Sunday, March 19, 2006

Ganging up on China? Australia's dilemma!

Australia has been part of the tripartite talks on China, which has just ended in Sydney. The other two members are antagonists of China - historical, current & strong potential.

One is historical enemy, Japan, currently still unforgiven by and continuing to annoy the Chinese, and probably China's future foe. The other, the USA, is a wannabe China foe, envious of the inevitability of China assuming its future dominant role as the strongest power in Asia and a frightening trade competitor and oil guzzling rival.

Australia is in real bad company if she wants to capitalise on the Chinese goodwill and vast market. But Australia being Australia, whose foreign policy rests on its alliance with the USA, has virtually no choice when called up by its TaiKoh.

Bush neo-cons are questioning China’s military capacity, which the USA's already exceeds by a million light year. Rumsfeld had the brazen cheek to question China’s military buildup. As Admiral Richard Macke, commander of US forces in the Pacific, said in 1995 during the Clinton era:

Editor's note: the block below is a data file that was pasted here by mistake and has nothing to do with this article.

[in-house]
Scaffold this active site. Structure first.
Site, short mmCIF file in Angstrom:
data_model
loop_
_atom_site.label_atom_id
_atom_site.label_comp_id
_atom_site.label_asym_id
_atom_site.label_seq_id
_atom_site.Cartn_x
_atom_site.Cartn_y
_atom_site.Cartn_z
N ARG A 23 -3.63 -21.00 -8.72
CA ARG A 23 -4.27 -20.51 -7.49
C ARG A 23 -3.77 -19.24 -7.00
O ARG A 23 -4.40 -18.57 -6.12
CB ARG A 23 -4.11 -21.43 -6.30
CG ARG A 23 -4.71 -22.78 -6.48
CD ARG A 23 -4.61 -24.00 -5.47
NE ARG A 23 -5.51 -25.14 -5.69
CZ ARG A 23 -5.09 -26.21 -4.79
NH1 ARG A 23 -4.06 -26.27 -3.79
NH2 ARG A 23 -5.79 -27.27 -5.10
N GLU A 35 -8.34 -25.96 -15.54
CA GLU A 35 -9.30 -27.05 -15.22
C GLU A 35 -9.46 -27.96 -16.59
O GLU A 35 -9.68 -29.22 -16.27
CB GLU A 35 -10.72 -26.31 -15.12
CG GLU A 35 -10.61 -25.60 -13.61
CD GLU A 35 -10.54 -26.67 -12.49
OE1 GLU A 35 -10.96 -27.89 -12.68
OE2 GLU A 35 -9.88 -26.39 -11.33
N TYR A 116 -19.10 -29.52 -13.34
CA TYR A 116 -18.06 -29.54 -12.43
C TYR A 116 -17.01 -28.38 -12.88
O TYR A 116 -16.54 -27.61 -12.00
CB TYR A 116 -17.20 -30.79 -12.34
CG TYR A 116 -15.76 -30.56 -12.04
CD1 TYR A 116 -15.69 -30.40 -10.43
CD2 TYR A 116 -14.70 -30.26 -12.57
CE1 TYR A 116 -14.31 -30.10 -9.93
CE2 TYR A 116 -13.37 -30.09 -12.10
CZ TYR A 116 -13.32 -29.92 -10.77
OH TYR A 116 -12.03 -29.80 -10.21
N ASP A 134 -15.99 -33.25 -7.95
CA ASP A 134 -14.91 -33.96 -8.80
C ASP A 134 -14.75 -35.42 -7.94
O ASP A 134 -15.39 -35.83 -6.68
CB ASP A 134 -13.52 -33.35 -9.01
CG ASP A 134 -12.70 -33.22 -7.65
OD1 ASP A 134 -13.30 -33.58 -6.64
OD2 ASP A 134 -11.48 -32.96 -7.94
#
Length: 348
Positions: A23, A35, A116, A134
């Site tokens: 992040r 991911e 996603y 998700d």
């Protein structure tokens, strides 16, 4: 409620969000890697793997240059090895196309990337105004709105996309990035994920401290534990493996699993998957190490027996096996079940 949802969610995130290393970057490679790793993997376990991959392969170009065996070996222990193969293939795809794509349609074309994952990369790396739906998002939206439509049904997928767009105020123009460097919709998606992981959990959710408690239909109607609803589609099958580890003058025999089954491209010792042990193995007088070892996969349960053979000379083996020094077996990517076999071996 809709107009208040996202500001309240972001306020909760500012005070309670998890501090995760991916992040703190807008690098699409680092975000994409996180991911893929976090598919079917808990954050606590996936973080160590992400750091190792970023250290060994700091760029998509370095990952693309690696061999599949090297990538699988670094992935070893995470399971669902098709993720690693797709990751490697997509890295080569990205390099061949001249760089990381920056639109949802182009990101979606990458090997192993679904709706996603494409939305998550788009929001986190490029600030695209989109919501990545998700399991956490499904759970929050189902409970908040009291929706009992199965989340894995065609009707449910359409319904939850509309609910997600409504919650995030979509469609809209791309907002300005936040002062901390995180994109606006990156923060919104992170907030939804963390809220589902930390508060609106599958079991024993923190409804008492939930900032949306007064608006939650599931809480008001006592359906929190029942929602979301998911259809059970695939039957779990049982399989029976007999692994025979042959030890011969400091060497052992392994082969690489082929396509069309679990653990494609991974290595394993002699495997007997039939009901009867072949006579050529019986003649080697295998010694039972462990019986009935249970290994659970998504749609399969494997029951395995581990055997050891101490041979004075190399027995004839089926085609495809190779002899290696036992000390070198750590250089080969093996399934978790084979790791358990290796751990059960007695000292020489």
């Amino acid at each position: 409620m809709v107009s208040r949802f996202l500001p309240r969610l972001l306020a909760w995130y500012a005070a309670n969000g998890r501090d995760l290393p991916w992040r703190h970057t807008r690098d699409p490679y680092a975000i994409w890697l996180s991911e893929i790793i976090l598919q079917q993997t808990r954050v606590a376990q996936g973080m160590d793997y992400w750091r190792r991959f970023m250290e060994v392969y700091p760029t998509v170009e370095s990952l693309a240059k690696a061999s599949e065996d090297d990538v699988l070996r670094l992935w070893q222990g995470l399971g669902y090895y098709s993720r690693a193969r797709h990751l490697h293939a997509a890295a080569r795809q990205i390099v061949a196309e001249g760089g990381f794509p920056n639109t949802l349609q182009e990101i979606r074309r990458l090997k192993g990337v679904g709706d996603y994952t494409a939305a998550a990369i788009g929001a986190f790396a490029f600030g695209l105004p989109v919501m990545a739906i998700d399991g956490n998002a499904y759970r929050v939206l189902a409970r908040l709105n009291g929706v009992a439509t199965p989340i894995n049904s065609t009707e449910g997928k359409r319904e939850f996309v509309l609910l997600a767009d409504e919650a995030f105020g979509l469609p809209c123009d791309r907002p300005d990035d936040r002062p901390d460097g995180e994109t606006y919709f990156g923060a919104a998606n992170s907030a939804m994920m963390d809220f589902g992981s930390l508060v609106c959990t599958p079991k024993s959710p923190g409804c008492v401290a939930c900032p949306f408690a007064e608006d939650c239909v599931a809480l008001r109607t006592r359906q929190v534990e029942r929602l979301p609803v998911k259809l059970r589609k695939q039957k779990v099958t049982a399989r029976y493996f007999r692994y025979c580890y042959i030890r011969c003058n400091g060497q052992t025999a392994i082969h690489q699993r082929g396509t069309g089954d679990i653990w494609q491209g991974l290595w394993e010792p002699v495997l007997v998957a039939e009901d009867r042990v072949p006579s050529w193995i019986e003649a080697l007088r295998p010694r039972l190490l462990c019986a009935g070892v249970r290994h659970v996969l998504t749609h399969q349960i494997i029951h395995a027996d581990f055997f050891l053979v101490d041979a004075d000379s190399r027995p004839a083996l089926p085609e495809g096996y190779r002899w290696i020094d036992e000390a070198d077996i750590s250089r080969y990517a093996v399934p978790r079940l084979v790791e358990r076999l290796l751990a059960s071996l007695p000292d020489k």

"China is a large nation and a growing military and world power. So to tell them you can't have aircraft carriers when we have aircraft carriers I'm not sure makes a lot of logical sense."

He said that an inevitably powerful China "makes it extremely critical for all of us, not just America, but all of the nations in the Asia-Pacific to work with, and stay engaged with, China to have them become another partner with us in ensuring the continued stability of this region."